21. T. Katoh and H. Suga, Ribosomal elongation of cyclic gamma-amino acids using a reprogrammed genetic code, J. Am. Chem. Soc., 2020, 142, 4965–4969 CrossRef CAS PubMed .
  22. J. M. Rogers, et al., Ribosomal synthesis and folding of peptide-helical aromatic foldamer hybrids, Nat. Chem., 2018, 10, 405–412 CrossRef CAS .
  23. Y. Yin, et al., De novo carborane-containing macrocyclic peptides targeting human epidermal growth factor receptor, J. Am. Chem. Soc., 2019, 141, 19193–19197 CrossRef CAS .
  24. K. Sakai, et al., Macrocyclic peptide-based inhibition and imaging of hepatocyte growth factor, Nat. Chem. Biol., 2019, 15, 598–606 CrossRef CAS .
  25. A. A. Vinogradov, Y. Yin and H. Suga, Macrocyclic Peptides as Drug Candidates: Recent Progress and Remaining Challenges, J. Am. Chem. Soc., 2019, 141, 4167–4181 CrossRef CAS .
  26. J. Lee, K. J. Schwarz, D. S. Kim, J. S. Moore and M. C. Jewett, Ribosome-mediated polymerization of long-carbon chain and cyclic amino acids into peptides in vitro, 2020, submitted.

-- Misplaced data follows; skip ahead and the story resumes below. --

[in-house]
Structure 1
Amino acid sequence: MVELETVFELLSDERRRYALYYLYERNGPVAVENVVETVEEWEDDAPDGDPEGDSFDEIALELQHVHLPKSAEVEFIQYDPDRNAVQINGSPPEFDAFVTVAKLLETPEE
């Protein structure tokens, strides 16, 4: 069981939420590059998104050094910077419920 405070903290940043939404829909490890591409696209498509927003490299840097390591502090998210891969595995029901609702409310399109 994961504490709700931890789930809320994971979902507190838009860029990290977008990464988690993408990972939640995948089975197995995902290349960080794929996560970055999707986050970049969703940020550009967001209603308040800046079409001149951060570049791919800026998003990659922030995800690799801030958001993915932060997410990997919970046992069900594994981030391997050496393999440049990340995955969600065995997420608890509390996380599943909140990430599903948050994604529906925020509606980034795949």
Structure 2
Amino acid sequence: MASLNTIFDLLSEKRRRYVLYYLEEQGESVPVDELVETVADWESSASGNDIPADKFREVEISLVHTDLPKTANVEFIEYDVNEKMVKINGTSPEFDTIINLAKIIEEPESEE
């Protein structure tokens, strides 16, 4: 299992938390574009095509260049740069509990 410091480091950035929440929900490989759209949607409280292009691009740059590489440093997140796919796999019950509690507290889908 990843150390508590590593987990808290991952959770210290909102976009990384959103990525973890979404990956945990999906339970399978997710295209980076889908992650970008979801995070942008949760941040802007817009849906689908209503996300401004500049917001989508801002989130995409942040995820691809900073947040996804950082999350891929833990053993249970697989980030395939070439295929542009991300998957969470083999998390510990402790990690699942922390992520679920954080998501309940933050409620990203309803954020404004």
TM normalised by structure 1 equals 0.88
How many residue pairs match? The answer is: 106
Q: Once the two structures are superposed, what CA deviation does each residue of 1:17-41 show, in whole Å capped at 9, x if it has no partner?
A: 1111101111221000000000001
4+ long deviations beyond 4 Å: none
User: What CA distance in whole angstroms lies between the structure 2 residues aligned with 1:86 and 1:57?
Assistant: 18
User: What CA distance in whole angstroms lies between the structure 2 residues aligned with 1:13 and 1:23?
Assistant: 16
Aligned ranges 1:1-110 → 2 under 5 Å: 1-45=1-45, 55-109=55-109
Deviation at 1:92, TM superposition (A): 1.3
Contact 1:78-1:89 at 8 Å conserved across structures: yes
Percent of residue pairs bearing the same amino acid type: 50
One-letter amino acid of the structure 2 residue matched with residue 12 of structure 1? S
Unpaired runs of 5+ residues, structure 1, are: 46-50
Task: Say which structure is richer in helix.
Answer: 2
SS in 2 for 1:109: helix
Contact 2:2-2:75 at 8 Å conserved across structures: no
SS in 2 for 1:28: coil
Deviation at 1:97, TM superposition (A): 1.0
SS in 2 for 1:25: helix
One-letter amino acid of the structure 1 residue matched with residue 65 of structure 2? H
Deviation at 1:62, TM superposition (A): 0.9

27. Y. Goto, T. Katoh and H. Suga, Flexizymes for genetic code reprogramming, Nat. Protoc., 2011, 6, 779–790 CrossRef CAS .
  28. L. M. Dedkova, et al., beta-Puromycin selection of modified ribosomes for in vitro incorporation of beta-amino acids, Biochemistry, 2012, 51, 401–415 CrossRef CAS PubMed .
  29. R. Maini, et al., Incorporation of beta-amino acids into dihydrofolate reductase by ribosomes having modifications in the peptidyltransferase center, Bioorg. Med. Chem., 2013, 21, 1088–1096 CrossRef CAS PubMed .
  30. C. Tsiamantas, S. Kwon, C. Douat, I. Huc and H. Suga, Optimizing aromatic oligoamide foldamer side-chains for ribosomal translation initiation, Chem. Commun., 2019, 55, 7366–7369 RSC .
  31. T. Katoh, I. Wohlgemuth, M. Nagano, M. V. Rodnina and H. Suga, Essential structural elements in tRNA(Pro) for EF-P-mediated alleviation of translation stalling, Nat. Commun., 2016, 7, 11657 CrossRef CAS PubMed .
  32. L. Peil, et al., Lys34 of translation elongation factor EF-P is hydroxylated by YfcM, Nat. Chem. Biol., 2012, 8, 695–697 CrossRef CAS PubMed .
  33. M. J. Hammerling, A. Kruger and M. C. Jewett, Strategies for in vitro engineering of the translation machinery, Nucleic Acids Res., 2020, 48, 1068–1083 CrossRef PubMed .

Footnote

Electronic supplementary information (ESI) available. See DOI: 10.1039/d0cc02121k

This journal is © The Royal Society of Chemistry 2020